The C matrix specifies the relationship between each external variable and the internal variables. At most, three elements in each row of matrix C will have a nonzero value. To understand this, remember that each variable can be expressed as a weighted combination of four other variables, corresponding to the four neighboring voxels. Looking at FIG. 4, it can be seen that in the case of an external variable for a particular voxel on the periphery of the object being imaged, the equation for the variable will involve one detector variable, and three internal variables if the voxel is not on a "corner" of the object. For the few voxels located on a corner, the equation for the external variable contains only two internal variables, and two detector variables (at least one of which will have a value of zero). Therefore the rows of the C matrix for noncorner external variables have three nonzero elements and the rows of the C matrix for corner external variables have two nonzero elements.
Matrix A is similar to matrix C, except that it is used to relate each internal variable to other ones of the internal variables. Therefore all the diagonal elements of matrix A will be equal to 1 and each row will have at most four nonzero offdiagonal elements, namely
W.sub.ij f.sub.ij, w.sub.ij b.sub.ij, w.sub.ij s.sub.ij, w.sub.ij s.sub.ij.
Since the sum of these ofdiagonal elements is w_{ij}, and 0≦w_{ij} ≦1, we have a diagonally dominant matrix. If we can impose the physically reasonable restriction w_{ij} <1, matrix A is strictly diagonally dominant. In this case the, matrix A is invertible.
Matrix B has rows with nonzero elements only for rows corresponding to voxels along the periphery of the object being imaged. For those voxels, two elements per row may have a nonzero value for voxels on convex corners of the object, and only one element per row may have a nonzero value for other voxels on the periphery of the object.
By inverting the A matrix, the above matrix equations (Eq. 6 and Eq.7) can be rewritten as follows:
Z=A.sup.1 BX (Eq.8)
Y=CZDX=(CA.sup.1 BD)X (Eq.9)
The term "the forward solution" refers to the following scenario: if we know the values of w_{ij}, f_{ij}, b_{ij} and s_{ij} for all the voxels in the object, and we shine a known amount of light at a specified voxel on the periphery of the object, we can compute the amount of light that will be detected by each of the detectors around the object. In other words, the forward solution is the process of computing the values of the 4N external variables represented by vector Y.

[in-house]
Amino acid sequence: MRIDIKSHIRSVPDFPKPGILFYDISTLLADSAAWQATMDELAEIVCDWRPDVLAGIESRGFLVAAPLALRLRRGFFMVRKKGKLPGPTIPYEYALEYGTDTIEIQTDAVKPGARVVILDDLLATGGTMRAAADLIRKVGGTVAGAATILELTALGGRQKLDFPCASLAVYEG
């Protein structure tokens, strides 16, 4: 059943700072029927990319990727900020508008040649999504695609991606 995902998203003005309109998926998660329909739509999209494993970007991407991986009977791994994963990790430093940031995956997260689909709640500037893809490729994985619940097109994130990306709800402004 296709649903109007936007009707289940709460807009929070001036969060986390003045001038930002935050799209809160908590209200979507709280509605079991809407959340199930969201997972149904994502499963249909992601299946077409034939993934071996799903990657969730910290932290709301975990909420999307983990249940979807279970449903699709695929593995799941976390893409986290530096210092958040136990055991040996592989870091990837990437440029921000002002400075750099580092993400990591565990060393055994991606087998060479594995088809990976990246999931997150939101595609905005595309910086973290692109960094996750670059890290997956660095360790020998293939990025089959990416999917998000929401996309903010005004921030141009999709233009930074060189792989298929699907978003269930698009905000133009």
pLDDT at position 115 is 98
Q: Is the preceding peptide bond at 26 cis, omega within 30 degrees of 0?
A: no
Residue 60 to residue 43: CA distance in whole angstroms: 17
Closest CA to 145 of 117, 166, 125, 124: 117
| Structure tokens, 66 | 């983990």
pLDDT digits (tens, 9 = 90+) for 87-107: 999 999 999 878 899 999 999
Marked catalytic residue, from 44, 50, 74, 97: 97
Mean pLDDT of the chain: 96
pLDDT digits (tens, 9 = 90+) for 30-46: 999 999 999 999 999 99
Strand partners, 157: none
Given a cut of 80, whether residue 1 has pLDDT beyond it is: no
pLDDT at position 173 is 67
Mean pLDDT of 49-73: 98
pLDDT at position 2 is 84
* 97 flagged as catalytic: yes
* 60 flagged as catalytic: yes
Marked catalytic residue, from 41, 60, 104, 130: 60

Equation 9 above represents the forward solution. Given any value choice of values for vector X (i.e., with one element set to 1 and all the other elements set to 0), Equation x defines the inputoutput relationship of light traveling through the object in terms of a 4N by 4N matrix: CA^{1} BD.
The entries of the CA^{1} BD matrix depend on the quantities w_{ij} f_{ij}, w_{ij} b_{ij} and w_{ij} s_{ij}. Equivalently, one can consider the quantities of interest to be w_{ij}, f_{ij} and b_{ij}, because s_{ij} is determined by the relation
s.sub.ij =1/2 (lf.sub.ij b.sub.ij) (Eq.10)
for a two dimensional object and
s.sub.ij =1/4 (1f.sub.ij b.sub.ij) (Eq.11)
for a three dimensional object.
In summary, for a two dimensional object there are 3N^{2} variables of the form w_{ij}, f_{ij} and b_{ij} which represent the light transmission characteristics of the object being imaged, and there are 16N^{2} equations relating these variables and given by entries of the 4N by 4N matrix CA^{1} BD.
The following is a detailed example of the exact equations for an object represented by a 2 by 2 set of voxels. This example is intended to show how all the elements of the matrices A, B, C and D are defined in terms of the w_{ij}, f_{ij}, s_{ij} and b_{ij} attenuation and scattering coefficients. The reason for using such a small example is so that all the elements of each matrix can be shown on a single page.
A 2 by 2 array of voxels has 16 (4N^{2}) equations defining the relationships between the external, internal and detector variables:
→P.sub.11.sup.u =w11 (f.sub.11 *P.sub.21.sup.u +b.sub.11 *P.sub.01.sup.d +s.sub.11 *P.sub.10.sup.r +s.sub.11 *P.sub.12.sup.l)
P.sub.11.sup.d =w11 (b.sub.11 *P.sub.21.sup.u +f.sub.11 *P.sub.01.sup.d +s.sub.11 *P.sub.10.sup.r +s.sub.11 *P.sub.12.sup.l)
P.sub.11.sup.r =w11 (s.sub.11 *P.sub.21.sup.u +s.sub.11 *P.sub.01.sup.d +f.sub.11 *P.sub.10.sup.r +b.sub.11 *P.sub.12.sup.l)